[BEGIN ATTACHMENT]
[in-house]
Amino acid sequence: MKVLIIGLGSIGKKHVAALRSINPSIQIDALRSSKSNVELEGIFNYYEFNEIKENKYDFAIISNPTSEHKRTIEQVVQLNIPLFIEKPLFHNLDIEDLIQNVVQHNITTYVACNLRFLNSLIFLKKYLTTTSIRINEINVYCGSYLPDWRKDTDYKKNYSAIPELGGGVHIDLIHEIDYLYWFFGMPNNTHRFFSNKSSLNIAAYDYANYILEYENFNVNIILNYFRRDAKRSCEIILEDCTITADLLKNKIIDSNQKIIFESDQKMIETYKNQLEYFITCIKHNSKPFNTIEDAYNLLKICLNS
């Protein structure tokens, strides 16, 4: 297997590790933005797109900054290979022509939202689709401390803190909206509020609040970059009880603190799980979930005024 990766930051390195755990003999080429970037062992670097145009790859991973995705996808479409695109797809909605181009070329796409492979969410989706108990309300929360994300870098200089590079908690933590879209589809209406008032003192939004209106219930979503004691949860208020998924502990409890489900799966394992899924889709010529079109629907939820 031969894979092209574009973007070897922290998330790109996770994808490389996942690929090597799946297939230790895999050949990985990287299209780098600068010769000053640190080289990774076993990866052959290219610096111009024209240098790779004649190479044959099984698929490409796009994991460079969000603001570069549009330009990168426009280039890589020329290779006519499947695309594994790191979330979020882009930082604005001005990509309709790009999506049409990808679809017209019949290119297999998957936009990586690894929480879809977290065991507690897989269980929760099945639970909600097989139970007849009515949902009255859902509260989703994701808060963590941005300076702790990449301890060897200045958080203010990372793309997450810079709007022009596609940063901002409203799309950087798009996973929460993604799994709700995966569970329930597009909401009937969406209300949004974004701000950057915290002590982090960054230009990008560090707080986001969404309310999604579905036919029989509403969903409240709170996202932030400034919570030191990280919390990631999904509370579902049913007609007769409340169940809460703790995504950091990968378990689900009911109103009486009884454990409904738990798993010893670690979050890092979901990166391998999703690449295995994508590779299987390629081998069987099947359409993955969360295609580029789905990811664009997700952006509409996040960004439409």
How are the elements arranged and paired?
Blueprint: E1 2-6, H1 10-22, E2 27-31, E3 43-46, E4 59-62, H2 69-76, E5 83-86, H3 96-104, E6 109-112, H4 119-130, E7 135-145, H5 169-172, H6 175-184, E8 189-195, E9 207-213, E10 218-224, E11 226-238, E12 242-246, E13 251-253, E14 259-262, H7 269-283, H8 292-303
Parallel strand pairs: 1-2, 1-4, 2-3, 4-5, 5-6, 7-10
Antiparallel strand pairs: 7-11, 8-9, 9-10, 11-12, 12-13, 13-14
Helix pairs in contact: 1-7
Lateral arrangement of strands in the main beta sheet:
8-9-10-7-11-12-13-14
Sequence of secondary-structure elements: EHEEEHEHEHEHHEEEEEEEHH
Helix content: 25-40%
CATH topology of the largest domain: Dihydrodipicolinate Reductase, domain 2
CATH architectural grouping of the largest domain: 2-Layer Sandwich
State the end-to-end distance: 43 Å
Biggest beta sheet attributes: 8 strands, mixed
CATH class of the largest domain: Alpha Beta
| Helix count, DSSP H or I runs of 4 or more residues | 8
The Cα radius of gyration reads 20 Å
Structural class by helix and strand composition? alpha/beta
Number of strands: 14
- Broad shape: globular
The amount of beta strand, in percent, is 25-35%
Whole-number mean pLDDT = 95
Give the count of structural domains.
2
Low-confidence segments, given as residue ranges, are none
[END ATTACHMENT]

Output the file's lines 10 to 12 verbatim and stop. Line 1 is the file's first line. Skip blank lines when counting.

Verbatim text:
8-9-10-7-11-12-13-14
Sequence of secondary-structure elements: EHEEEHEHEHEHHEEEEEEEHH
Helix content: 25-40%